"Joyce with Gusto" to Feature Dance, Theater, Film and Discussions

Release Date: January 22, 2007


BUFFALO, N.Y. -- The University at Buffalo Humanities Institute, the Albright-Knox Art Gallery and riverrun, Inc., will team up to present an elegant program in February about lesser-known aspects of Buffalo's most celebrated adopted son, James Joyce.

It isn't surprising, given Buffalo's Irish heritage, its Irish Classical Theatre (ITC), Irish dance and musical troupes, the area's large number of Joyce scholars and enthusiasts, the annual ICT-sponsored staged reading of "Ulysses" and UB's extensive (and often exhibited) archival collection of Joyce manuscripts, personal effects, photos, letters and family paintings.

The evening affair, "Joyce with Gusto," will take place Feb. 2 from 5-10 p.m. at the Albright-Knox. It will feature a bit of Irish song, dance, theater and film; two scholarly talks and a panel discussion of Joyce's effect on 20th-century literature. This will be followed from 10 p.m. to midnight with a reception in the gallery's restaurant.

It will free of charge and open to the public.

The evening will begin at 5 p.m. with a high-kicking, fast-footed performance of Irish step dancing by Buffalo's internationally ranked Rince na Tiarna (reen-kuh nah tee-ahr-nah) School of Irish Dance. The company holds an all-Ireland step-dancing title, three national titles and 13 regional dance titles.

James Joyce was an accomplished pianist and singer, a composer, opera buff and entertainer with a beautiful tenor voice and an encyclopedic mastery of music of every type and genre. At one time, he aspired to be a musician and in his work can be found thousands of musical allusions to singers, composers, instruments, musical venues and songs of various kinds -- all integral to the understanding of his poems, stories and novels.

With this in mind, "Joyce the Singer: Melodies of Thomas Moore" will begin at 5:30 p.m. Soprano Kelly Meg Brennan, baritone James Alexander Hurd and pianist Frank Scinta will present a musical tribute to this lesser-known aspect of the writer with a performance of songs written by Moore, the 19th-century Irish composer who had a profound effect on Joyce's writing.

Scinta, an adjunct professor of fine arts at Canisius College, directs the Canisius College Chorale, and is one of Western New York's most active choral directors and music educators. Hurd is an assistant professor of music at UB, where he teaches vocal performance and directs the Opera Studio. Brennan holds a degree in opera from the Cincinnati Conservatory and has performed in area professional musical, dramatic and comedic productions, including several at the Irish Classical Theatre.

At 6 p.m., Vincent O'Neill, associate professor of theater and dance at UB and founding director of Buffalo's Irish Classical Theatre Company, will present excerpts from his award-winning one-man play, "Joyicity," which premiered at Dublin's Abbey Theatre. Compiled from Joyce's life and work, the play offers delightful access to the playwright.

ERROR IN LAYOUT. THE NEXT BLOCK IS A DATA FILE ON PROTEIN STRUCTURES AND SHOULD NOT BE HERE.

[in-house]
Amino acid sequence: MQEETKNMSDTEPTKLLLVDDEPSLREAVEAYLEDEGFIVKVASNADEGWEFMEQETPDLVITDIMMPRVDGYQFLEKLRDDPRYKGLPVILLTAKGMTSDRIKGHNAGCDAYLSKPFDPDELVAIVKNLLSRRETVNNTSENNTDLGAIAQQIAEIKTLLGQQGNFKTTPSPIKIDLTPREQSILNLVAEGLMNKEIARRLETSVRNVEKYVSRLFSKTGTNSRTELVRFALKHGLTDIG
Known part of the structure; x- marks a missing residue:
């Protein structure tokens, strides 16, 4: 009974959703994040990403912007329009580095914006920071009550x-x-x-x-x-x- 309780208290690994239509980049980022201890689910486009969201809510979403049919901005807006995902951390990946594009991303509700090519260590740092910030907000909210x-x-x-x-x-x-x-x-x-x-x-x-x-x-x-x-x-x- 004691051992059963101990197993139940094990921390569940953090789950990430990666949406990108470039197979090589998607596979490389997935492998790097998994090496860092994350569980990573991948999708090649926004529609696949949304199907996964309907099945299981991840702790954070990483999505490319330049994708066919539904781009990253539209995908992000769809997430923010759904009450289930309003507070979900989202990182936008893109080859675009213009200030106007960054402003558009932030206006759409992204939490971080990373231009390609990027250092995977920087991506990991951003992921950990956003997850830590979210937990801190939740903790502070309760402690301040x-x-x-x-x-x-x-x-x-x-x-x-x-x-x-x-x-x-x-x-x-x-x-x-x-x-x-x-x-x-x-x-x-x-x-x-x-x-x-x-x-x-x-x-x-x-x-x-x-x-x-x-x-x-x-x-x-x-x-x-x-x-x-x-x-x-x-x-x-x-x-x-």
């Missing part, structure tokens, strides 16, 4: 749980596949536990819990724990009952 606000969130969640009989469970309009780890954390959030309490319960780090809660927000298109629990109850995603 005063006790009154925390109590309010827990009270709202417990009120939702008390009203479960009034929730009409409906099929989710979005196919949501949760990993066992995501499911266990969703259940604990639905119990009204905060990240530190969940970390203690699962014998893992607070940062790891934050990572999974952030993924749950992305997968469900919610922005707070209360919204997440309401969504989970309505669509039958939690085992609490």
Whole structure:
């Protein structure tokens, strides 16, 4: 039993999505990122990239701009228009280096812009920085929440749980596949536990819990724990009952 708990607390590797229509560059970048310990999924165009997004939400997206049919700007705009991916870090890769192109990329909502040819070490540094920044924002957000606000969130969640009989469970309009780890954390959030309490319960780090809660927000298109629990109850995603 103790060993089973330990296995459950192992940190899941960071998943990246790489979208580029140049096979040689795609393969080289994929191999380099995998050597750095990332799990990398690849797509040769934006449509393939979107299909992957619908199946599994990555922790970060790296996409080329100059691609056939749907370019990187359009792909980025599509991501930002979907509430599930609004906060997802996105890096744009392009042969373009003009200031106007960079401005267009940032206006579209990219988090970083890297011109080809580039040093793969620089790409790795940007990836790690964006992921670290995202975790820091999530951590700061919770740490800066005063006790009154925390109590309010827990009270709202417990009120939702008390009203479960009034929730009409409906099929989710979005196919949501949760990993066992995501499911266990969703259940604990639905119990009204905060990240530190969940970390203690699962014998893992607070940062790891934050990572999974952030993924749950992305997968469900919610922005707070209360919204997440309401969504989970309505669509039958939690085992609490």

At 6:30 p.m., "Following James Joyce: Dublin to Buffalo," a 2004 film by Patrick Martin and Stacey Herbert, will be screened. It was filmed on location in Buffalo, and in cities that were home to James Joyce: Dublin, Paris, Trieste and Pola (Croatia). Martin is the director of riverrun, Inc., and a senior partner in the law firm Kennedy, Stoeckl and Martin, P.C. Herbert, former program director for Dublin's Samuel Beckett Centenary Festival and received a doctorate in comparative literature from UB.

At 7:30 p.m., Mark Shechner, Ph.D., UB professor of English will present a short talk titled, "Afterimages of Ulysses." Shechner teaches contemporary English and Jewish-American literature, including courses on James Joyce. He is the author of several books, his first being "Joyce in Nighttown" (1974).

From 8-8:35 p.m., a talk by noted Joyce scholar Anne Fogarty will be presented. It is titled "Parnell! Parnell! He is dead!" and will consider Joyce, Parnellism and the ethics of remembrance. Joyce grew up in the era of Charles Parnell, the 19th-century Anglo-Irish reformist and politician who was, throughout the author's life, one of the beloved martyred heroes of his work. There are many references to Parnell in "Portrait of the Artist as a Young Man," "Ulysses" and "Finnegans Wake."

Fogarty is a professor in the School of English and Drama, University College Dublin and heads the International James Joyce Foundation and directs the world-famous James Joyce Summer School in Dublin. She is a noted Joyce author and editor (with Timothy Martin) of "Joyce on the Threshold" (University Press of Florida, 2005), a collection of 14 essays that explore Joyce's work in relation to the theme of liminality (eg. the tendency of his writing to straddle borders and explore the margins of sexuality, genre, nationality and language).

From 8:35-9:10 p.m. a panel discussion and question-and-answer period featuring Fogarty, Shechner and Lawrence Shine, professor of English at Buffalo State College, will take place. Shine served as narrator and co-writer of "Following James Joyce to Buffalo" and is co-founder and host of Bloomsday Buffalo and founder of the Ulysses Reading Circle.

After that, it will be music and more dance by Rince na Tiarna and music and song by Hurd and Brennan, followed from 10 p.m. to midnight by a cash-bar reception in "Muse," the Albright-Knox Gallery Restaurant.

Additional sponsors of the event include the UB classics journal Aresthusa, the Poetry Collection of the UB Libraries, UB departments of Comparative Literature and English, the Irish Classical Theatre Company, Paragon Advertising and Kennedy, Stoeckl and Martin, P.C.

For additional information, contact Michele Bewley, 716-645-600, ext. 1171.

Media Contact Information

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